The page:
We break from our regular programming to give you something that may or may not be useful. In fact, the main purpose of my writing this post is to help guide forlorn web wanderers who are looking for a solution to a very unique problem, now that I’ve figured it out myself.
You see, I live in the United States, where most all the street names are in English, and I use Google Maps on my iPhone 4 to give me turn-by-turn voice directions as I drive around town. However, being the multilingual person that I am, I really wanted to have my iPhone interface in a different language, namely Korean. It seemed like Google Maps could only be in the system language, which is a bummer, because there is not even a Korean voice available. However, after much tweaking, I found a solution! (Please note that I did this on a Mac, but it should work fine on Windows too.)
So how did I do it? It’s easy enough:
1. Set your iPhone to the desired system-wide language (i.e. the one you don’t want Google Maps to be in). In case you’re wondering, that’s under Settings -> General -> International -> Language.
2. Plug your iPhone into the computer, and make sure it shows up in iTunes.
3. Download and install iExplorer. The demo version will work for our purposes. I don’t know if the demo will self-destruct after 30 days or what, but there’s no need to buy a license for this small fix.
4. Find the appropriate file to tweak. If the iPhone is connected, you should see it show up in iExplorer. In the tree on the left, expand Apps and click on Google Maps. Now in the tree that appears in the middle pane, open up Library, then Preferences. The file we’re looking for is com.google.Maps.plist. Grab this file and drop it on the Desktop so you can have a copy to tweak.
5. Tweaking time! Open the copied plist file in your favourite text editor. You will see it’s just an XML file, and you need to add some elements right below the opening <dict> tag:
Of course if you want Google Maps to be in a language other than English, change the string en accordingly. Next scroll down (or search) till you find the UserLanguage key. The string will contain a language code representing the current system language (in my case, ko). Just swap out that language code with en (or your desired language) and save the file.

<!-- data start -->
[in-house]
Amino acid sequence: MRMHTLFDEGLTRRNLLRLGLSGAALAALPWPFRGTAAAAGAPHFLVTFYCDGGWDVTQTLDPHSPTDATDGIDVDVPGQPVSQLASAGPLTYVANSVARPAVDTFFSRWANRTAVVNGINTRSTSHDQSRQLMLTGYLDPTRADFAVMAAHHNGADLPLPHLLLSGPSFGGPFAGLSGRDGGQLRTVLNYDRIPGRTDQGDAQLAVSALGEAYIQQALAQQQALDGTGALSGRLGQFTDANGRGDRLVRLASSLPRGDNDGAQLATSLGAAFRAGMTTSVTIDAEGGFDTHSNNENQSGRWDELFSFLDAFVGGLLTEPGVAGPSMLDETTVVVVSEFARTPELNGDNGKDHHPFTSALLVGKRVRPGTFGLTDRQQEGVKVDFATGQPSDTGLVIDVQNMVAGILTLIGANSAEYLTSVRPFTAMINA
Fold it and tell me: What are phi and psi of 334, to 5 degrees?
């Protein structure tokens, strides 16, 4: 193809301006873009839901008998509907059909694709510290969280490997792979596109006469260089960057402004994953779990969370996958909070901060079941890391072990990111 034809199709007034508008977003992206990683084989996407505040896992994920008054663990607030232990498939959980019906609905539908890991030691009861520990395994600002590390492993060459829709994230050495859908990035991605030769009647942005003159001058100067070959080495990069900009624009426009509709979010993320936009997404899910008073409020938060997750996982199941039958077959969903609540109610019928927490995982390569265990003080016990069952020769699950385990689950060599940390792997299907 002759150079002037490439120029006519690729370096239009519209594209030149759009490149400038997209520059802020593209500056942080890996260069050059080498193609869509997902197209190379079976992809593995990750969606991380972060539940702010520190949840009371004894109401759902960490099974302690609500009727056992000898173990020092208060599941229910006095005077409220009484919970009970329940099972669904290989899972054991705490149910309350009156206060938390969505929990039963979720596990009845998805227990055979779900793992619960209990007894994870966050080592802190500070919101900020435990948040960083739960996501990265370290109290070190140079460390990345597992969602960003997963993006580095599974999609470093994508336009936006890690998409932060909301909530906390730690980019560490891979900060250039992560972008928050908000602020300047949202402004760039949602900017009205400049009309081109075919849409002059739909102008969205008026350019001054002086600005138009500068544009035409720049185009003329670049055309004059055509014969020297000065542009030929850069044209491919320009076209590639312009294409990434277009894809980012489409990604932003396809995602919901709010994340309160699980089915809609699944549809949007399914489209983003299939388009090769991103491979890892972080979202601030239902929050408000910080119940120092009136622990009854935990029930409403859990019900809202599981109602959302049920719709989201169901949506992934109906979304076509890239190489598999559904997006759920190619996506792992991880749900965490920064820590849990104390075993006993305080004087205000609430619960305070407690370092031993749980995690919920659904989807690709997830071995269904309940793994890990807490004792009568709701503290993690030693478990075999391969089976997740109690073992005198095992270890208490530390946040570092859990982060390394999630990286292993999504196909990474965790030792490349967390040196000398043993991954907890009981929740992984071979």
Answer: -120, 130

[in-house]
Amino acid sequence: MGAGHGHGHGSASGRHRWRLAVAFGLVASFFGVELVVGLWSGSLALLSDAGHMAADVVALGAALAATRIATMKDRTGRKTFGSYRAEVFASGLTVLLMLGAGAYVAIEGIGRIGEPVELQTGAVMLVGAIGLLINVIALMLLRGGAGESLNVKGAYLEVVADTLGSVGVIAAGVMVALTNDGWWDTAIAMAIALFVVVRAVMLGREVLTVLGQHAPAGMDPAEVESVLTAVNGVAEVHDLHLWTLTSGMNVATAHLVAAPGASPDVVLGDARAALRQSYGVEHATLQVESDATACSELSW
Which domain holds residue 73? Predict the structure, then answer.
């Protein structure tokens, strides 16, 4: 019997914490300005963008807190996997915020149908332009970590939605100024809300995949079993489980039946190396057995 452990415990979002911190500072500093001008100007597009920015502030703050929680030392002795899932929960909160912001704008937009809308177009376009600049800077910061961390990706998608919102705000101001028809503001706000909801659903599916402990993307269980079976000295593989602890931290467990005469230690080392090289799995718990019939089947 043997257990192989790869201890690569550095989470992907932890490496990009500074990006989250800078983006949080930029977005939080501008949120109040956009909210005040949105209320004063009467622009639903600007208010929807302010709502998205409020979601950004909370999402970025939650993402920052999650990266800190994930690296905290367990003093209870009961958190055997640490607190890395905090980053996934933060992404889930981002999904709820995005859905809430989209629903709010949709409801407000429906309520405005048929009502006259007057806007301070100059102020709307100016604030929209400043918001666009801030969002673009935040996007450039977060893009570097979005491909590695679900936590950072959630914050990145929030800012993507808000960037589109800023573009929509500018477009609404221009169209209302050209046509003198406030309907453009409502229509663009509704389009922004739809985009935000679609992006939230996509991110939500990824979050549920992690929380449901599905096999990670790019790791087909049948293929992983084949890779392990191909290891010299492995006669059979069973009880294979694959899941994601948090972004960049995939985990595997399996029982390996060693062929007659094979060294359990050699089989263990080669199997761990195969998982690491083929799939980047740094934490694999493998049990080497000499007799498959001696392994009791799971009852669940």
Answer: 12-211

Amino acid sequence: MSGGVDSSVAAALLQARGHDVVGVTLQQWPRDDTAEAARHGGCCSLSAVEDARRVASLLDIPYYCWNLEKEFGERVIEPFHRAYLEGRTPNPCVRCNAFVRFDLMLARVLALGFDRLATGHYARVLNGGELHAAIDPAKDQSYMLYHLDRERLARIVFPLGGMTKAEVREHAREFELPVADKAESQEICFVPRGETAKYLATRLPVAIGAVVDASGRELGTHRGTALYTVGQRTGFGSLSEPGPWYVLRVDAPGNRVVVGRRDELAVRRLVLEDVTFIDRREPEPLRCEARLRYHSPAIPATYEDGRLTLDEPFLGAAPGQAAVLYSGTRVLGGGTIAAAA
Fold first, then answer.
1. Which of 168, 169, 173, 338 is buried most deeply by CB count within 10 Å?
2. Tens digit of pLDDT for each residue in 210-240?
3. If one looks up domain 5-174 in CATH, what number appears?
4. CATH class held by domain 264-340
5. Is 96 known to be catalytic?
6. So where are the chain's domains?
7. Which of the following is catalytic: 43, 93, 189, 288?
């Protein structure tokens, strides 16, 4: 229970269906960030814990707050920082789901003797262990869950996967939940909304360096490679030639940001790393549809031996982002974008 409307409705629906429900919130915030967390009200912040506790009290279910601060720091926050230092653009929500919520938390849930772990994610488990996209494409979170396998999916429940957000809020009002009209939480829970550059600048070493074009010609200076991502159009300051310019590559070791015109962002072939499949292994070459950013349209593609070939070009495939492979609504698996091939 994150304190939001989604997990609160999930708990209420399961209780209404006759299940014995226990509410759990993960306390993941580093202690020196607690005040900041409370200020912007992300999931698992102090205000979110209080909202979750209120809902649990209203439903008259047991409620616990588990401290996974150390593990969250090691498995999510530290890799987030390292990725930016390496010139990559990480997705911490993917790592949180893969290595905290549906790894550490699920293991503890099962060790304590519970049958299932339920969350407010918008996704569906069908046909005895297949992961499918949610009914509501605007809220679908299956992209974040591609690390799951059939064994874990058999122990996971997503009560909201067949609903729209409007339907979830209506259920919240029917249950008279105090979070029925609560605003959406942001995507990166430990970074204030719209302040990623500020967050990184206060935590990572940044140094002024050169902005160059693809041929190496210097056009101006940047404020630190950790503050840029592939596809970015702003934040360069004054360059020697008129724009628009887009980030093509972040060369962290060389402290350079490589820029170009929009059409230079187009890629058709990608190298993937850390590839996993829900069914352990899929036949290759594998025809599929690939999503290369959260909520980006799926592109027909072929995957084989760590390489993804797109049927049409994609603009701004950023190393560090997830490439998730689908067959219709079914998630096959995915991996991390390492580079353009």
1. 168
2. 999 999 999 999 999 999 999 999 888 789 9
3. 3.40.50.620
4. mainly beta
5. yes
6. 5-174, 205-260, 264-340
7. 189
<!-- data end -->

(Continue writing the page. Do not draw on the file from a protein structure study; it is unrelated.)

6. Install the new plist. Now just drag that edited plist file from the desktop back into iExplorer where you got it from. Confirm that you want to replace the old one, and you’re finished! To test it, close out the app on your phone and open it again. It should be in the language that you set, despite the system-wide setting!
I do hope this is useful to someone; I felt it my duty to share this knowledge to save other people time, and give them hope in despair. Thanks to this guy whose video pointed me in the right direction.
12 thoughts to “iOS: How to Change Google Maps to a Different Language than the System Setting”
Thanks very much for this! I thought the tip hadn’t worked because I used “jp” for japanese. Later I found that google had set “ja” to be the code. Changed both mentions of jp to ja, and it worked! Fantastic!
i’m in need for a little help. I have found and changed the user language but I’m having more difficulties (i’m not a pro at this) when you write :
“you need to add some elements right below the opening tag:”
which one is the ” opening tag”?
and do i just copy and paste what you have written? i.e. AppleLanguages
Thank you again
@Enrico – I think your browser may not be displaying the tags that I put in brackets like this: <>
Anyway, the opening dict tag looks just like this: